Stepwise Evolution of a Buried Inhibitor Peptide over 45 My

Achala S Jayasena, Mark F Fisher, Jose L Panero, David Secco, Kalia Bernath-Levin, Oliver Berkowitz, Nicolas L Taylor, Edward E Schilling, James Whelan, Josh Mylne

Research output: Contribution to journalArticle

8 Citations (Scopus)
138 Downloads (Pure)

Abstract

The de novo evolution of genes and the novel proteins they encode has stimulated much interest in the contribution such innovations make to the diversity of life. Most research on this de novo evolution focuses on transcripts, so studies on the biochemical steps that can enable completely new proteins to evolve and the time required to do so have been lacking. Sunflower Preproalbumin with SFTI-1 (PawS1) is an unusual albumin precursor because in addition to producing albumin it also yields a potent, bicyclic protease-inhibitor called SunFlower Trypsin Inhibitor-1 (SFTI-1). Here, we show how this inhibitor peptide evolved stepwise over tens of millions of years. To trace the origin of the inhibitor peptide SFTI-1, we assembled seed transcriptomes for 110 sunflower relatives whose evolution could be resolved by a chronogram, which allowed dates to be estimated for the various stages of molecular evolution. A genetic insertion event in an albumin precursor gene ∼45 Ma introduced two additional cleavage sites for protein maturation and conferred duality upon PawS1-Like genes such that they also encode a small buried macrocycle. Expansion of this region, including two Cys residues, enlarged the peptide ∼34 Ma and made the buried peptides bicyclic. Functional specialization into a protease inhibitor occurred ∼23 Ma. These findings document the evolution of a novel peptide inside a benign region of a pre-existing protein. We illustrate how a novel peptide can evolve without de novo gene evolution and, critically, without affecting the function of what becomes the protein host.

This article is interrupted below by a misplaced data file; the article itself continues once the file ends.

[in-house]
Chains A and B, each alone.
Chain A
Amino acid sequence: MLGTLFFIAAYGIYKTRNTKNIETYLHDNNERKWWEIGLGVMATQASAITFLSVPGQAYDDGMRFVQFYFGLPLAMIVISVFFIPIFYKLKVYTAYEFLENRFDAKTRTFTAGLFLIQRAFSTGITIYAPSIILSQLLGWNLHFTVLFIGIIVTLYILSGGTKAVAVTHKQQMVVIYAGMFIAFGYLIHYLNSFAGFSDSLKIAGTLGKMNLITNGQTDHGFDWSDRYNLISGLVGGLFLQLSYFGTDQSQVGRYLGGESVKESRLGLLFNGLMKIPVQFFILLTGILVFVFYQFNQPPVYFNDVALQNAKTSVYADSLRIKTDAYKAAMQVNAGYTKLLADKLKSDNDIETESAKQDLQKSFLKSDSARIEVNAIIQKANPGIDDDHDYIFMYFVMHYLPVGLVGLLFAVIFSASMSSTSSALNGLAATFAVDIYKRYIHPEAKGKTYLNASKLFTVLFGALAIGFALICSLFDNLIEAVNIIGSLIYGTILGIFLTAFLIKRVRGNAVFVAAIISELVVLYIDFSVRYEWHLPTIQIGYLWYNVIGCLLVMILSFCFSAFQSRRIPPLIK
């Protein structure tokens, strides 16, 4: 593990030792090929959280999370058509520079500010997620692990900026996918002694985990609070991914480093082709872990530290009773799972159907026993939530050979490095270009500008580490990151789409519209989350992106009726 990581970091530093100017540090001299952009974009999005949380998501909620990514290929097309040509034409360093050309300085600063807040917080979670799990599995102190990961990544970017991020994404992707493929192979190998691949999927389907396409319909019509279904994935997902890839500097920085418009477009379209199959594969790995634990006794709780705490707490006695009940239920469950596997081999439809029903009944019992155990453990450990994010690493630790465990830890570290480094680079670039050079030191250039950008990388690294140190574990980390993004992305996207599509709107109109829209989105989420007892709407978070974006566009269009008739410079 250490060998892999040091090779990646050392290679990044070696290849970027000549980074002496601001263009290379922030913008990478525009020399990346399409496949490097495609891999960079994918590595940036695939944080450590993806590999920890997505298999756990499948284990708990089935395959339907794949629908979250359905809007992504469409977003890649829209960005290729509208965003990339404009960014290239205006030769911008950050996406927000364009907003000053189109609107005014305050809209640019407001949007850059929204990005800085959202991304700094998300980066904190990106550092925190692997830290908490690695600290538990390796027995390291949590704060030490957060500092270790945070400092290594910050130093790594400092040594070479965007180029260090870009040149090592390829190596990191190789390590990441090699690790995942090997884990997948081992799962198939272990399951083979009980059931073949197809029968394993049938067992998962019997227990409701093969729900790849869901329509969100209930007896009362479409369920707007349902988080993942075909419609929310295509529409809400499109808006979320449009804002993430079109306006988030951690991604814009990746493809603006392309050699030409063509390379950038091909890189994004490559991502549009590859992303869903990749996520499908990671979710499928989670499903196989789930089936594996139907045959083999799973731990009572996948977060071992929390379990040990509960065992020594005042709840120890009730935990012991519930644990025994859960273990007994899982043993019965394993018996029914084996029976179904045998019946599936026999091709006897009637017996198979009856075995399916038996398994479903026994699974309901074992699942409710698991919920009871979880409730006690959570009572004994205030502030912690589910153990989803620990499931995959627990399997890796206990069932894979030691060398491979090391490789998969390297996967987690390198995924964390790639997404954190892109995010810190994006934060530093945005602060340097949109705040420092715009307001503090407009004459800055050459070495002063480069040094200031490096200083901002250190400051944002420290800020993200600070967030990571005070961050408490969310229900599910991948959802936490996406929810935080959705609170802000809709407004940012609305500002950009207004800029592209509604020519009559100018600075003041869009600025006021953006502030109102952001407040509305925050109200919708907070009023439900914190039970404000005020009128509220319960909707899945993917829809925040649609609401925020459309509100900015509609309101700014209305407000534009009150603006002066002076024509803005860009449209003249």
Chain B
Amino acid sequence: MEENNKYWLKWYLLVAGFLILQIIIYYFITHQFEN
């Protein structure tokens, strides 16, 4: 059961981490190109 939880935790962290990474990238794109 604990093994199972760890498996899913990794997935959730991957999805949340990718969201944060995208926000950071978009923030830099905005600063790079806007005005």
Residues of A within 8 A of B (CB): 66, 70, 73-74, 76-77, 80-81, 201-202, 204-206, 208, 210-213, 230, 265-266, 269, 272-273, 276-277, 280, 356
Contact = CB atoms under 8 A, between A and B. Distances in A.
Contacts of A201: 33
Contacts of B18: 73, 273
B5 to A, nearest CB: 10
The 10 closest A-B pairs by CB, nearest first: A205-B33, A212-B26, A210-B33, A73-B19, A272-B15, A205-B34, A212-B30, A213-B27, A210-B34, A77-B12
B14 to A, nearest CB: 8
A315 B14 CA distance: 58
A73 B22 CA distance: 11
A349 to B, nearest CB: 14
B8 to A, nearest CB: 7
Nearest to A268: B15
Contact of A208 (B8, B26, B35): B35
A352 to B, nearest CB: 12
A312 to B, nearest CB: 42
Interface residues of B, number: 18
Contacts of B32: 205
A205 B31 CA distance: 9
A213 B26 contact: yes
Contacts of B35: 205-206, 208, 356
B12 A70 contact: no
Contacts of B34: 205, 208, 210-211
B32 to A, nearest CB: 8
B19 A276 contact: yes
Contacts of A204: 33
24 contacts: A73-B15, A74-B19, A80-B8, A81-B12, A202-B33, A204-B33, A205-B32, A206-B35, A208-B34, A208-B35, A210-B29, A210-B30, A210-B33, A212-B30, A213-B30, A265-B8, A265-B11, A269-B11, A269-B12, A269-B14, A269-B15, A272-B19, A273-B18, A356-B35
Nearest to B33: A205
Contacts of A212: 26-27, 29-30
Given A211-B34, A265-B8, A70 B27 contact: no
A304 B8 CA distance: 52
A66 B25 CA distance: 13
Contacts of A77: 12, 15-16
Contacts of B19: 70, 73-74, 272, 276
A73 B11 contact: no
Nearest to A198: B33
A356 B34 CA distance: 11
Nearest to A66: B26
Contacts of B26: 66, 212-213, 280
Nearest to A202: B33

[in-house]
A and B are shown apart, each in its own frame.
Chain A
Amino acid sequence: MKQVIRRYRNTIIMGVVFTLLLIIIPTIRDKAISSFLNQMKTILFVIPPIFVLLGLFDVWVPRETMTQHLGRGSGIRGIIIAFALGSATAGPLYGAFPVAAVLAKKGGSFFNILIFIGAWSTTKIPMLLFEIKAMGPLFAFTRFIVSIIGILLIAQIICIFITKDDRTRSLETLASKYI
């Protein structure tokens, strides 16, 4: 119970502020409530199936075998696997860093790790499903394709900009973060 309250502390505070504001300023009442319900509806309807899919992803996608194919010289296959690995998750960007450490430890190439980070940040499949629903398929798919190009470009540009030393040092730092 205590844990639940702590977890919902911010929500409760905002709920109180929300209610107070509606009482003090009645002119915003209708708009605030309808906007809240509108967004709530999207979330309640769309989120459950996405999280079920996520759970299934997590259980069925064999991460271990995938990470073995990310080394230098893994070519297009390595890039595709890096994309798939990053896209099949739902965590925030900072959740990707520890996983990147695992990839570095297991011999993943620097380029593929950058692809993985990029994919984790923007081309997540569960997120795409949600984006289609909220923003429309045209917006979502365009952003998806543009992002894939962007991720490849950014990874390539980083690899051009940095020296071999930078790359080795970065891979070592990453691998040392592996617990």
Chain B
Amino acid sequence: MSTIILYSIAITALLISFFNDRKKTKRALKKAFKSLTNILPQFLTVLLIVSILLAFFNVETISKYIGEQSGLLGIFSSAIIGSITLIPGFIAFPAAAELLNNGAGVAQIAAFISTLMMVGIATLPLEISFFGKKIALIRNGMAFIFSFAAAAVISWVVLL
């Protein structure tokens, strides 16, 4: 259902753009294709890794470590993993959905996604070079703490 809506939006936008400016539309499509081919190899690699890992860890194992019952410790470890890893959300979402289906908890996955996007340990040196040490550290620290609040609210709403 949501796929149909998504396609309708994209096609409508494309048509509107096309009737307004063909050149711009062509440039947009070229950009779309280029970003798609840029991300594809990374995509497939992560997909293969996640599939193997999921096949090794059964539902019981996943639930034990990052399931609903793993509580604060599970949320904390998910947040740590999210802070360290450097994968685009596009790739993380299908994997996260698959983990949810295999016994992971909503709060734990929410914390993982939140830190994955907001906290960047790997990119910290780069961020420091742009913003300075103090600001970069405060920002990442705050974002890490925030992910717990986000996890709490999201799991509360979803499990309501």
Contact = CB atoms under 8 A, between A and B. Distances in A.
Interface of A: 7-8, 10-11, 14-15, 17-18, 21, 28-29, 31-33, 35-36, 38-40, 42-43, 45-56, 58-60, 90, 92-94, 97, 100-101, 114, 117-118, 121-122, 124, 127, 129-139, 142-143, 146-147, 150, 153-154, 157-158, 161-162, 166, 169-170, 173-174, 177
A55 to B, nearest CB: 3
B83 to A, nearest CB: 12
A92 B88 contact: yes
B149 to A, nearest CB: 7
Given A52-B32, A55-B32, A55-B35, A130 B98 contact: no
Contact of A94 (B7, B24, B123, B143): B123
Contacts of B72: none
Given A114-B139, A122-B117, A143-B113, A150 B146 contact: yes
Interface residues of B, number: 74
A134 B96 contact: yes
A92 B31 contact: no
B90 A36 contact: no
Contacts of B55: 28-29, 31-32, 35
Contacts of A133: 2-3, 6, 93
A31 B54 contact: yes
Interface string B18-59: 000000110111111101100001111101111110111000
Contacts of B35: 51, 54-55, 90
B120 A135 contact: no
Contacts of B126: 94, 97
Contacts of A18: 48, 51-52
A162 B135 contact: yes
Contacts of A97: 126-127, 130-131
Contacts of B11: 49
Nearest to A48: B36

Original languageEnglish
Pages (from-to)1505-1516
Number of pages12
JournalMolecular Biology and Evolution
Volume34
Issue number6
DOIs
Publication statusPublished - 1 Jun 2017

Fingerprint

peptide
inhibitor
Helianthus annuus
peptides
Peptides
trypsin inhibitors
albumins
protein
Albumins
Helianthus
proteinase inhibitors
Proteins
Protease Inhibitors
gene
proteins
genes
Genes
Molecular Evolution
Transcriptome
transcriptome

Cite this